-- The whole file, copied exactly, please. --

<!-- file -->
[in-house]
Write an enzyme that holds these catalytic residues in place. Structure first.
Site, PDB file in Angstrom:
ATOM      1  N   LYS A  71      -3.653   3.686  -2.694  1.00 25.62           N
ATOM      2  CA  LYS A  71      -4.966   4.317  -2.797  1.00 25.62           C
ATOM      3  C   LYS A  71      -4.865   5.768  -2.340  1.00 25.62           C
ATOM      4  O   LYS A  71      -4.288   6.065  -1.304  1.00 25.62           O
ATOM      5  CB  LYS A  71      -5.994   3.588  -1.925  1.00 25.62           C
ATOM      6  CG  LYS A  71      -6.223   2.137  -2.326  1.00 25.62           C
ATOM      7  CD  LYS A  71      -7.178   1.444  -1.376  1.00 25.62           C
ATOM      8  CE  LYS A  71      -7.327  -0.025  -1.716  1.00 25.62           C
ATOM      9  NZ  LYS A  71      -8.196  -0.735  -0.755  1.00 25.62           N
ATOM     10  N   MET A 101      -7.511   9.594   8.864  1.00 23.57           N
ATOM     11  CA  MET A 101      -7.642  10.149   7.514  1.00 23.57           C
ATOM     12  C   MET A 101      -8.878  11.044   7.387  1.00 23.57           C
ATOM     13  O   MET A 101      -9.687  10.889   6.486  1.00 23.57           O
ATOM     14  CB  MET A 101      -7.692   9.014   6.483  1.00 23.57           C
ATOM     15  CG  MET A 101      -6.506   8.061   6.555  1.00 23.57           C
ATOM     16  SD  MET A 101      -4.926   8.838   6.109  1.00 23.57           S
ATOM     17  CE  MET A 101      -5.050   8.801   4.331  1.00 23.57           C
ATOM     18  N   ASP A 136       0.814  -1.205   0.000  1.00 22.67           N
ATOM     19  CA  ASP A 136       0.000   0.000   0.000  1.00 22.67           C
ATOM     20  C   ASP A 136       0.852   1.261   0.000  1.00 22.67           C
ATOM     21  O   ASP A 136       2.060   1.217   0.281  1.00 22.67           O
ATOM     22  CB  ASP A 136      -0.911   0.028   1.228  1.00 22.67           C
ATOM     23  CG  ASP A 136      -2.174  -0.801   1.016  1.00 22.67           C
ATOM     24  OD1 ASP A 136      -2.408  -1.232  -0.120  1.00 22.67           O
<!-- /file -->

[in-house]
Write an enzyme that holds these catalytic residues in place. Structure first.
Site, PDB file in Angstrom:
ATOM      1  N   LYS A  71      -3.653   3.686  -2.694  1.00 25.62           N
ATOM      2  CA  LYS A  71      -4.966   4.317  -2.797  1.00 25.62           C
ATOM      3  C   LYS A  71      -4.865   5.768  -2.340  1.00 25.62           C
ATOM      4  O   LYS A  71      -4.288   6.065  -1.304  1.00 25.62           O
ATOM      5  CB  LYS A  71      -5.994   3.588  -1.925  1.00 25.62           C
ATOM      6  CG  LYS A  71      -6.223   2.137  -2.326  1.00 25.62           C
ATOM      7  CD  LYS A  71      -7.178   1.444  -1.376  1.00 25.62           C
ATOM      8  CE  LYS A  71      -7.327  -0.025  -1.716  1.00 25.62           C
ATOM      9  NZ  LYS A  71      -8.196  -0.735  -0.755  1.00 25.62           N
ATOM     10  N   MET A 101      -7.511   9.594   8.864  1.00 23.57           N
ATOM     11  CA  MET A 101      -7.642  10.149   7.514  1.00 23.57           C
ATOM     12  C   MET A 101      -8.878  11.044   7.387  1.00 23.57           C
ATOM     13  O   MET A 101      -9.687  10.889   6.486  1.00 23.57           O
ATOM     14  CB  MET A 101      -7.692   9.014   6.483  1.00 23.57           C
ATOM     15  CG  MET A 101      -6.506   8.061   6.555  1.00 23.57           C
ATOM     16  SD  MET A 101      -4.926   8.838   6.109  1.00 23.57           S
ATOM     17  CE  MET A 101      -5.050   8.801   4.331  1.00 23.57           C
ATOM     18  N   ASP A 136       0.814  -1.205   0.000  1.00 22.67           N
ATOM     19  CA  ASP A 136       0.000   0.000   0.000  1.00 22.67           C
ATOM     20  C   ASP A 136       0.852   1.261   0.000  1.00 22.67           C
ATOM     21  O   ASP A 136       2.060   1.217   0.281  1.00 22.67           O
ATOM     22  CB  ASP A 136      -0.911   0.028   1.228  1.00 22.67           C
ATOM     23  CG  ASP A 136      -2.174  -0.801   1.016  1.00 22.67           C
ATOM     24  OD1 ASP A 136      -2.408  -1.232  -0.120  1.00 22.67           O